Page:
III.

On February 2, 1948, Mr. Victor Wilson, a wealthy unmarried man, made his last will and testament. Insofar as pertinent, Mr. Wilson's will provided in Article VIII:

"I give, devise and bequeath all the rest, residue and remainder of my property and estate of every kind and character, personal and mixed . . . belonging to me at the time of my death, . . . to Union National Bank of Kansas City, Missouri, its successor 1 or successors, as Trustee. The Trustee shall have the sole legal and equitable title to all the property held by it in trust and shall have power to invest, reinvest, manage and control all the property to the best of its ability . . .. This trust fund is intended to be a Charitable Educational Fund for deserving Kansas City, Missouri boys to acquire a desired education in either Yale University 2 Or the University of Kansas City, Missouri, and not as a benefit fund for either of the said universities. The Trustee shall be compensated for its services in accordance with its regular schedule of fees and after deducting the said Trustee fees and other necessary expenses incurred in the management of the Trust Fund, shall Use all of the rest of the net income derived from the property of the Trust Fund to assist one or more boys at the same time living in Kansas City, Missouri, who possess unusual ability or talent and who is financially unable to obtain a university education to attend Yale University or the University of Kansas City, Missouri, whichever is requested by the applicant. Such students shall be selected by judges appointed by the Yale Alumni of Kansas City, Missouri, and the University of Kansas City, Missouri, and approved by the Trustee of said Fund. The Trustees shall discontinue supporting any student failing to make satisfactory grades while attending either of said Universities . . .." (Emphasis added.)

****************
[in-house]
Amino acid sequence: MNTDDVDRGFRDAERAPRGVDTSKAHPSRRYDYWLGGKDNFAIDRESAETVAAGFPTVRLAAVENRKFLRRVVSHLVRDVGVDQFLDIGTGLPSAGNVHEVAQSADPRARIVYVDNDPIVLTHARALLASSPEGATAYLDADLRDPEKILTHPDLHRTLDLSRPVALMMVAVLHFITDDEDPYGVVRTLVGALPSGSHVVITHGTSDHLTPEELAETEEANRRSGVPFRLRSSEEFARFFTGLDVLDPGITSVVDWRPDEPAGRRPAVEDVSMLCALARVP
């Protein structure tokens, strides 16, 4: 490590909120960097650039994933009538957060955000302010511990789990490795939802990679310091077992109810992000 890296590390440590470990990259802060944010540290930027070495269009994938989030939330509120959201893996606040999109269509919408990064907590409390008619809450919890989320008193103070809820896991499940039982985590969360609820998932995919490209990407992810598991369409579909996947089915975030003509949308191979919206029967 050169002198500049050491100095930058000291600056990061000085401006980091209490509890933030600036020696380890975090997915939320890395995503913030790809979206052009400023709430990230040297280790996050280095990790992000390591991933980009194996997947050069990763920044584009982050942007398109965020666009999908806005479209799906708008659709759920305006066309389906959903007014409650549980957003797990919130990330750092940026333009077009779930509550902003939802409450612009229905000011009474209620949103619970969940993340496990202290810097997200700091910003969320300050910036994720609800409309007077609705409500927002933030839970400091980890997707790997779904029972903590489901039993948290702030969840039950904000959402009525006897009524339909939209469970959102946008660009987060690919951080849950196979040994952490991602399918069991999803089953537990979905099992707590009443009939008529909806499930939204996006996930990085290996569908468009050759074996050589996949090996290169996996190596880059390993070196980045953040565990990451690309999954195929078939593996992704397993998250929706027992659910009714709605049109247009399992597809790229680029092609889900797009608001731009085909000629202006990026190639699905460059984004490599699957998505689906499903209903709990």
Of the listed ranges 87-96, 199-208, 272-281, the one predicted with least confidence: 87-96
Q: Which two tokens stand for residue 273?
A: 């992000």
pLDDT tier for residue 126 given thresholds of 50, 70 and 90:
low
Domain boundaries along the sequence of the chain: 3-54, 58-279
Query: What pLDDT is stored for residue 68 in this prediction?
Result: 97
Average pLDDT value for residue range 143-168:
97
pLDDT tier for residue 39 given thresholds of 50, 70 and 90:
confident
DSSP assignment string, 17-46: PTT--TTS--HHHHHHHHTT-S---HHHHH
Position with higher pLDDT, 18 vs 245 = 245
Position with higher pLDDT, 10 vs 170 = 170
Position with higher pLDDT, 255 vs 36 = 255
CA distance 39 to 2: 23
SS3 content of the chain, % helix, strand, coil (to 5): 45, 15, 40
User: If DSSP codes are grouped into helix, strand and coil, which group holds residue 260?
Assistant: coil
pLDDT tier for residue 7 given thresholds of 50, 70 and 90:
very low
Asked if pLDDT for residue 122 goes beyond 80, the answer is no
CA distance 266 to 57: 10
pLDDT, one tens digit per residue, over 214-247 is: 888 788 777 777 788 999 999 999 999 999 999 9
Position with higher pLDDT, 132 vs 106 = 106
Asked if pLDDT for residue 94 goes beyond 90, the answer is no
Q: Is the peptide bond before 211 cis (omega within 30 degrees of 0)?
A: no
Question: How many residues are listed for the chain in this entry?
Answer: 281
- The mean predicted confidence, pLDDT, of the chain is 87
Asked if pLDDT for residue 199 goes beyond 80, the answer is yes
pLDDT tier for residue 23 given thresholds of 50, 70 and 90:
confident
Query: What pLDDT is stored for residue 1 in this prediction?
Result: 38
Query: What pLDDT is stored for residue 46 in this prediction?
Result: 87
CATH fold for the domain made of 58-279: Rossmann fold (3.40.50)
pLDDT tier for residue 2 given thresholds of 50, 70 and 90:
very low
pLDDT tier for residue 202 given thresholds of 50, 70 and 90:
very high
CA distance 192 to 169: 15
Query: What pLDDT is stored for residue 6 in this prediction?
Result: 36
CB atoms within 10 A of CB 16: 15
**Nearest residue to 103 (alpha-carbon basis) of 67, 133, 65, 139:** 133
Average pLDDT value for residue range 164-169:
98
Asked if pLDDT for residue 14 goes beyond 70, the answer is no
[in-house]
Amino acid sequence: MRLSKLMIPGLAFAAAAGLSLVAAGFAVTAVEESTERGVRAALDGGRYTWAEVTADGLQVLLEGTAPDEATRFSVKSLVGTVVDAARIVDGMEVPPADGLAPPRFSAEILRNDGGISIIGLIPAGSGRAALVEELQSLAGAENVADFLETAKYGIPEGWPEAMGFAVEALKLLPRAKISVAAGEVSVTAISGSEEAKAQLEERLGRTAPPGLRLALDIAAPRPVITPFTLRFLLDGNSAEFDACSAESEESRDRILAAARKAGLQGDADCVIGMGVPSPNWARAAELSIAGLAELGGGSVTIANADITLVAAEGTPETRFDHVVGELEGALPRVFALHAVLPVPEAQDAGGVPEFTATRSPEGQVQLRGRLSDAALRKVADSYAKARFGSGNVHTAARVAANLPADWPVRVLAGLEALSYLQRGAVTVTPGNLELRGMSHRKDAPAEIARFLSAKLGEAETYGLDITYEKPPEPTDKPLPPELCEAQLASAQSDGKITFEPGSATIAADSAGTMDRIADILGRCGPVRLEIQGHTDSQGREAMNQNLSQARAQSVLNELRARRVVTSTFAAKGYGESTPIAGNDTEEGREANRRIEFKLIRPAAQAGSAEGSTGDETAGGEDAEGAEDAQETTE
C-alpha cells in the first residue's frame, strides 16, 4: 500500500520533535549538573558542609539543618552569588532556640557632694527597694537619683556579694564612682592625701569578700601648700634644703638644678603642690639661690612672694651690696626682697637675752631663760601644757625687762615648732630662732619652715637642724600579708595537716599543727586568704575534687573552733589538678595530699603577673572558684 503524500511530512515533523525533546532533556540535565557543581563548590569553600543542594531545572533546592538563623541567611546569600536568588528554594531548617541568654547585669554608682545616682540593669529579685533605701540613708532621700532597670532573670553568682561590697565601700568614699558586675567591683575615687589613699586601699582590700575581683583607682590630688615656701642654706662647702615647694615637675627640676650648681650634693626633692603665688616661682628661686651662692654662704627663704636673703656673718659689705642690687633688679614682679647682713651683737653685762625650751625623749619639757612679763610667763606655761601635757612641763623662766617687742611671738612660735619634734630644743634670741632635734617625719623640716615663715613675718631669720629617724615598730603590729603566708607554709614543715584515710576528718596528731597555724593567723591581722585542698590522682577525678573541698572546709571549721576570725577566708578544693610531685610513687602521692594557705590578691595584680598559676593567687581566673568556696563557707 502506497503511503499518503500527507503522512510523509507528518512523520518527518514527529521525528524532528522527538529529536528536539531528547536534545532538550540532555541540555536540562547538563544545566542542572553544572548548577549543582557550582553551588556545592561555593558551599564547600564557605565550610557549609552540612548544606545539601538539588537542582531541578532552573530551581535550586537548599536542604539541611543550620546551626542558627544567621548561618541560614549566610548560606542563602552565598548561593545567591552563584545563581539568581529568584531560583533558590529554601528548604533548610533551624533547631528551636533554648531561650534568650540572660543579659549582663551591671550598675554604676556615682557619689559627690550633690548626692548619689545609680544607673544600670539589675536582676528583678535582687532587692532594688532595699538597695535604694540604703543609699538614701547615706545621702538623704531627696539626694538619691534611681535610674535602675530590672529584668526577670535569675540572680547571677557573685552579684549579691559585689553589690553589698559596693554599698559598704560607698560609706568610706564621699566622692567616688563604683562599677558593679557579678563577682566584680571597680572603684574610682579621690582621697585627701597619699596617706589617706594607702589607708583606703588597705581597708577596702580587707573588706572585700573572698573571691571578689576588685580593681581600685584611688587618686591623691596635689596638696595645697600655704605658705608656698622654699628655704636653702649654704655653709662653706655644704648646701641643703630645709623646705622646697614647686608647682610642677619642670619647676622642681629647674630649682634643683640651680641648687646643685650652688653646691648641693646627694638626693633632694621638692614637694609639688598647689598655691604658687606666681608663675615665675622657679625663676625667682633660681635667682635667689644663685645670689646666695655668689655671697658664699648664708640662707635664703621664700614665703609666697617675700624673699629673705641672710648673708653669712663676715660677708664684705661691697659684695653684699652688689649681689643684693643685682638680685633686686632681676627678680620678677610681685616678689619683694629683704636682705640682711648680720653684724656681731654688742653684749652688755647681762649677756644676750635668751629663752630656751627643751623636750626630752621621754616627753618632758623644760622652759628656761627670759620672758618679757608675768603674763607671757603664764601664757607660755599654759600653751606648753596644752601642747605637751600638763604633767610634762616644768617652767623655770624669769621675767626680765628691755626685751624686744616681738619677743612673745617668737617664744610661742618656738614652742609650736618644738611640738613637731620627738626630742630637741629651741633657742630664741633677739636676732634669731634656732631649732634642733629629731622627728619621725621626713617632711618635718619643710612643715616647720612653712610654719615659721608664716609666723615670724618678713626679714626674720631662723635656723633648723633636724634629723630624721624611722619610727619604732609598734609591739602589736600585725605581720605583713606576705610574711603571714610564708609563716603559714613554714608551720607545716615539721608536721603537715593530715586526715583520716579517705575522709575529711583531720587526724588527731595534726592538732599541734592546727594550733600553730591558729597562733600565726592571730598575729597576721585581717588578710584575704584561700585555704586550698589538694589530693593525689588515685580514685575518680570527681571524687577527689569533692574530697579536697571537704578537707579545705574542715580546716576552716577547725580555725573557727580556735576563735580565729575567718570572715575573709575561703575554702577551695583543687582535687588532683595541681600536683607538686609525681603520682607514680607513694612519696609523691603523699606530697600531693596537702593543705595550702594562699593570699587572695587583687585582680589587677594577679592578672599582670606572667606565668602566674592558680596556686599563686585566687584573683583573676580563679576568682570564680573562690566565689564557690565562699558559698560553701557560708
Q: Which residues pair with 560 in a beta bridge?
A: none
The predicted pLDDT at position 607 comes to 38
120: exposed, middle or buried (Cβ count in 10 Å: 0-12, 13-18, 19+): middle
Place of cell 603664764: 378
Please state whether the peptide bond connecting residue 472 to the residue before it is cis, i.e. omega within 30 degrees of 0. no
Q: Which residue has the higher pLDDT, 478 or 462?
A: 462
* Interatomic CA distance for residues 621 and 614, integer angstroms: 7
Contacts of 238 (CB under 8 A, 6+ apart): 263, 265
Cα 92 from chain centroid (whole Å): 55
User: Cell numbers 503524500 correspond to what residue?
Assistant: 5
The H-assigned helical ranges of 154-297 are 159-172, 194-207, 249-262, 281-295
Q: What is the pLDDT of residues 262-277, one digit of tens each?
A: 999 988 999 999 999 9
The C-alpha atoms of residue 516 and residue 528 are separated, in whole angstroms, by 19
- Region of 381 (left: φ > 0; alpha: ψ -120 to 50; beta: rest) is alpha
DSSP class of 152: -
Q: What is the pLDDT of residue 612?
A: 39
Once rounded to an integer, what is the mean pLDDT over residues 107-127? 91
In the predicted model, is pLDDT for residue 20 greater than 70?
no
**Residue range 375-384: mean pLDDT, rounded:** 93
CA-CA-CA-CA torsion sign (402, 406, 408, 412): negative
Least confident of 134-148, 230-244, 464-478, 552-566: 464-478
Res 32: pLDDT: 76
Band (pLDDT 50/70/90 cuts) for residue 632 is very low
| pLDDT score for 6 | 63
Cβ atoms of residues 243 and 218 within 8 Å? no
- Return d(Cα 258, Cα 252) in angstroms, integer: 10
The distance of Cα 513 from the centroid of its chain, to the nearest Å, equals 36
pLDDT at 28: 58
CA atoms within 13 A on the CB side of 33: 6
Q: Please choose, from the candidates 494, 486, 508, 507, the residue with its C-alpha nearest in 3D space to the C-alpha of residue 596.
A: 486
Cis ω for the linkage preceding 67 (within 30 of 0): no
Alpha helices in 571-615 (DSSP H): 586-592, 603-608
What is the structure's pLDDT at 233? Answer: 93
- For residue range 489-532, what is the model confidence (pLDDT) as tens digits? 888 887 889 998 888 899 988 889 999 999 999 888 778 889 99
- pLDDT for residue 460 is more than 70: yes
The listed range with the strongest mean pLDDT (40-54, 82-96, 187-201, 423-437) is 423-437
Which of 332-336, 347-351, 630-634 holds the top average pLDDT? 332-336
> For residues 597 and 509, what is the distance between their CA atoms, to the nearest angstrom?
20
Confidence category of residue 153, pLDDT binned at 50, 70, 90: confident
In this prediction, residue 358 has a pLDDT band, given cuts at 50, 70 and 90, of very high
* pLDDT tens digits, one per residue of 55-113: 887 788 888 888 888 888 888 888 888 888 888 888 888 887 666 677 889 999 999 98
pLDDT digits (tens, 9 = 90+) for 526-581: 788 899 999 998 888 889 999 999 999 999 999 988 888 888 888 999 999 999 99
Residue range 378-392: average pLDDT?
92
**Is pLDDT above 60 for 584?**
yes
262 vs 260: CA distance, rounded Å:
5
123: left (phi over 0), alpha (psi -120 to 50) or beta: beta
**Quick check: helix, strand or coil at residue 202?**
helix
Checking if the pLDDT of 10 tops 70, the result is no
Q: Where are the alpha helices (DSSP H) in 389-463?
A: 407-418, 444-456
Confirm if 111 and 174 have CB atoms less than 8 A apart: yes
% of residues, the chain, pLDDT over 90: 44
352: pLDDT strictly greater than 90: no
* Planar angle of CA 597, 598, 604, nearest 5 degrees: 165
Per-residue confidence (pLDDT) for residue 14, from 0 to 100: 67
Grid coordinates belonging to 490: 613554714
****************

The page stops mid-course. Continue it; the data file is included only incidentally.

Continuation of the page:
A few days after making his will, on February 25, 1948, Mr. Wilson died. The will was admitted to probate March 29, 1948.

The market value of the assets comprising the principal of the Victor Wilson trust exceeded $4,000,000, and over 200 boys each year were given funds, many over $1,000.00 each for several years between 1970 and 1974.

Plaintiff-appellant, Marilyn Shapiro, first filed an original and then a first amended petition in one count. After the first amended petition was filed, the plaintiff forwarded a number of interrogatories to the Bank and to the Board of Curators. The Board's answers showed certain additional facts.

After the answers to the interrogatories were filed, the trustee and the Attorney General moved to dismiss. The trial court sustained the motions and the first amended petition was dismissed for failure to state a claim. 3 In its memorandum, the court noted that the trust instrument was amended by court order to substitute the University of Missouri at Kansas City. The trial court's memorandum concluded that "Mr. Wilson had a right to limit his charity to males. He did so. And it is clear that the court does not have the power or the right to arbitrarily thwart his intentions."

Plaintiff then filed a second amended petition on September 25, 1974. This petition is the subject of this controversy. The second amended petition was in two counts. The petition named as defendants the Columbia Union Bank, the President of the University of Missouri, the chancellor of the University of Missouri at Kansas City, the Board of Curators, two beneficiaries of the will and insofar as the second count is concerned the Attorney General.